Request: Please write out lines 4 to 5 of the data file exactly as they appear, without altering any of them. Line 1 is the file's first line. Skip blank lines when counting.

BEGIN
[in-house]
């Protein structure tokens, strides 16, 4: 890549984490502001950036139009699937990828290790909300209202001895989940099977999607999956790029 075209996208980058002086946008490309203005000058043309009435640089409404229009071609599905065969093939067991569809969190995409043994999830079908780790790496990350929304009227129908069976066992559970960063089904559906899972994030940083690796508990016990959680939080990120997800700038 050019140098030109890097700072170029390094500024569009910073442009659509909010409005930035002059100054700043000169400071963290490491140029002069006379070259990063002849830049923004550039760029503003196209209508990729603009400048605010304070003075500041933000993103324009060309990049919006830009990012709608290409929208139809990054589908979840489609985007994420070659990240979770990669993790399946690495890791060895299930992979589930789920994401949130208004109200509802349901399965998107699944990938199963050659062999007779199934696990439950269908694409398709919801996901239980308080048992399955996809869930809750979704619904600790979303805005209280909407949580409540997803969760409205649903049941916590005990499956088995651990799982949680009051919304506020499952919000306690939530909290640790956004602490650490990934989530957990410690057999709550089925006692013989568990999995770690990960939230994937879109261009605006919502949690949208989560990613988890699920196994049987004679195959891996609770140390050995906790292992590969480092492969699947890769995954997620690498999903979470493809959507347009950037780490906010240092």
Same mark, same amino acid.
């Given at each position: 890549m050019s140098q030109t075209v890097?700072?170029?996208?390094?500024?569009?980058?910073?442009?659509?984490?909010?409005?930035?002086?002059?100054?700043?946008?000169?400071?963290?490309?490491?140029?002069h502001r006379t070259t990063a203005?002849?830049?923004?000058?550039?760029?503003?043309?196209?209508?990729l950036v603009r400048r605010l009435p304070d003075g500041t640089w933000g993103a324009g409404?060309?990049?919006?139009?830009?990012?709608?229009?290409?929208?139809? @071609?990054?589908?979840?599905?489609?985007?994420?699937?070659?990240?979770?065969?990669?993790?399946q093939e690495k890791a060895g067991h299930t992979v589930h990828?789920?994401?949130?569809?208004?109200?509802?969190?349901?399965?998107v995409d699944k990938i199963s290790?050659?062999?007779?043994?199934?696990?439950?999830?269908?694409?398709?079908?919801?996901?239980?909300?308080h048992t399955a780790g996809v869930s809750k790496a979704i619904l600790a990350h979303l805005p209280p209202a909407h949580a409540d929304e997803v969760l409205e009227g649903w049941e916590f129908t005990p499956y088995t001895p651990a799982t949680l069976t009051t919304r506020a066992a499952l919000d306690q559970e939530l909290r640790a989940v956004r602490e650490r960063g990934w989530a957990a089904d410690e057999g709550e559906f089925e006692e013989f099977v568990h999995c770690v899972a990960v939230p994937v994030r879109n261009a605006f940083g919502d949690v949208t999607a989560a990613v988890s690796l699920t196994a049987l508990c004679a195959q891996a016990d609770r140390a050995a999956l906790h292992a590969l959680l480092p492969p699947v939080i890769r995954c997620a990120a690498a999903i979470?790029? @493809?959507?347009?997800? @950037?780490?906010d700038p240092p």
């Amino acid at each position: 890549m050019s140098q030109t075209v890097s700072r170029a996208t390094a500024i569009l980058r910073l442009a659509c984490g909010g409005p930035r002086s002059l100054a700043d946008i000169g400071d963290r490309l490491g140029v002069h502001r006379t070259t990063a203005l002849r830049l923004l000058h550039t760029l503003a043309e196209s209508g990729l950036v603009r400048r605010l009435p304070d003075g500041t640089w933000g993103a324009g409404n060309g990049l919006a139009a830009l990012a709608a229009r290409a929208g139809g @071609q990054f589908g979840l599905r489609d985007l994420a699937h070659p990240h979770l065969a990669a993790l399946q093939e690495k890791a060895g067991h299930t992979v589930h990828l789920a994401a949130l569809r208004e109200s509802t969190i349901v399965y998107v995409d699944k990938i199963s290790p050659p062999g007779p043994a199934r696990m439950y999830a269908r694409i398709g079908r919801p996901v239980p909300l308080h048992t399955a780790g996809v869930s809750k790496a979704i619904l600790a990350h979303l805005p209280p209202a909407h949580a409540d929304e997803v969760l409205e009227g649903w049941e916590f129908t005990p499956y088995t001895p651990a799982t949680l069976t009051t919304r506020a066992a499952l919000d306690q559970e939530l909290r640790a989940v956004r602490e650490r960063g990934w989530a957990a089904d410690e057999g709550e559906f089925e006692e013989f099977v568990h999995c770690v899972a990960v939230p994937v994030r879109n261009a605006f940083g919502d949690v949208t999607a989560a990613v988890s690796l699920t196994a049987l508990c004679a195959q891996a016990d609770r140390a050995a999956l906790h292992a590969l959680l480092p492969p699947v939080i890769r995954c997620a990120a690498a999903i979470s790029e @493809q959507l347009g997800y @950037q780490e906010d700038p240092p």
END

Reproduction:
């Given at each position: 890549m050019s140098q030109t075209v890097?700072?170029?996208?390094?500024?569009?980058?910073?442009?659509?984490?909010?409005?930035?002086?002059?100054?700043?946008?000169?400071?963290?490309?490491?140029?002069h502001r006379t070259t990063a203005?002849?830049?923004?000058?550039?760029?503003?043309?196209?209508?990729l950036v603009r400048r605010l009435p304070d003075g500041t640089w933000g993103a324009g409404?060309?990049?919006?139009?830009?990012?709608?229009?290409?929208?139809? @071609?990054?589908?979840?599905?489609?985007?994420?699937?070659?990240?979770?065969?990669?993790?399946q093939e690495k890791a060895g067991h299930t992979v589930h990828?789920?994401?949130?569809?208004?109200?509802?969190?349901?399965?998107v995409d699944k990938i199963s290790?050659?062999?007779?043994?199934?696990?439950?999830?269908?694409?398709?079908?919801?996901?239980?909300?308080h048992t399955a780790g996809v869930s809750k790496a979704i619904l600790a990350h979303l805005p209280p209202a909407h949580a409540d929304e997803v969760l409205e009227g649903w049941e916590f129908t005990p499956y088995t001895p651990a799982t949680l069976t009051t919304r506020a066992a499952l919000d306690q559970e939530l909290r640790a989940v956004r602490e650490r960063g990934w989530a957990a089904d410690e057999g709550e559906f089925e006692e013989f099977v568990h999995c770690v899972a990960v939230p994937v994030r879109n261009a605006f940083g919502d949690v949208t999607a989560a990613v988890s690796l699920t196994a049987l508990c004679a195959q891996a016990d609770r140390a050995a999956l906790h292992a590969l959680l480092p492969p699947v939080i890769r995954c997620a990120a690498a999903i979470?790029? @493809?959507?347009?997800? @950037?780490?906010d700038p240092p």
């Amino acid at each position: 890549m050019s140098q030109t075209v890097s700072r170029a996208t390094a500024i569009l980058r910073l442009a659509c984490g909010g409005p930035r002086s002059l100054a700043d946008i000169g400071d963290r490309l490491g140029v002069h502001r006379t070259t990063a203005l002849r830049l923004l000058h550039t760029l503003a043309e196209s209508g990729l950036v603009r400048r605010l009435p304070d003075g500041t640089w933000g993103a324009g409404n060309g990049l919006a139009a830009l990012a709608a229009r290409a929208g139809g @071609q990054f589908g979840l599905r489609d985007l994420a699937h070659p990240h979770l065969a990669a993790l399946q093939e690495k890791a060895g067991h299930t992979v589930h990828l789920a994401a949130l569809r208004e109200s509802t969190i349901v399965y998107v995409d699944k990938i199963s290790p050659p062999g007779p043994a199934r696990m439950y999830a269908r694409i398709g079908r919801p996901v239980p909300l308080h048992t399955a780790g996809v869930s809750k790496a979704i619904l600790a990350h979303l805005p209280p209202a909407h949580a409540d929304e997803v969760l409205e009227g649903w049941e916590f129908t005990p499956y088995t001895p651990a799982t949680l069976t009051t919304r506020a066992a499952l919000d306690q559970e939530l909290r640790a989940v956004r602490e650490r960063g990934w989530a957990a089904d410690e057999g709550e559906f089925e006692e013989f099977v568990h999995c770690v899972a990960v939230p994937v994030r879109n261009a605006f940083g919502d949690v949208t999607a989560a990613v988890s690796l699920t196994a049987l508990c004679a195959q891996a016990d609770r140390a050995a999956l906790h292992a590969l959680l480092p492969p699947v939080i890769r995954c997620a990120a690498a999903i979470s790029e @493809q959507l347009g997800y @950037q780490e906010d700038p240092p």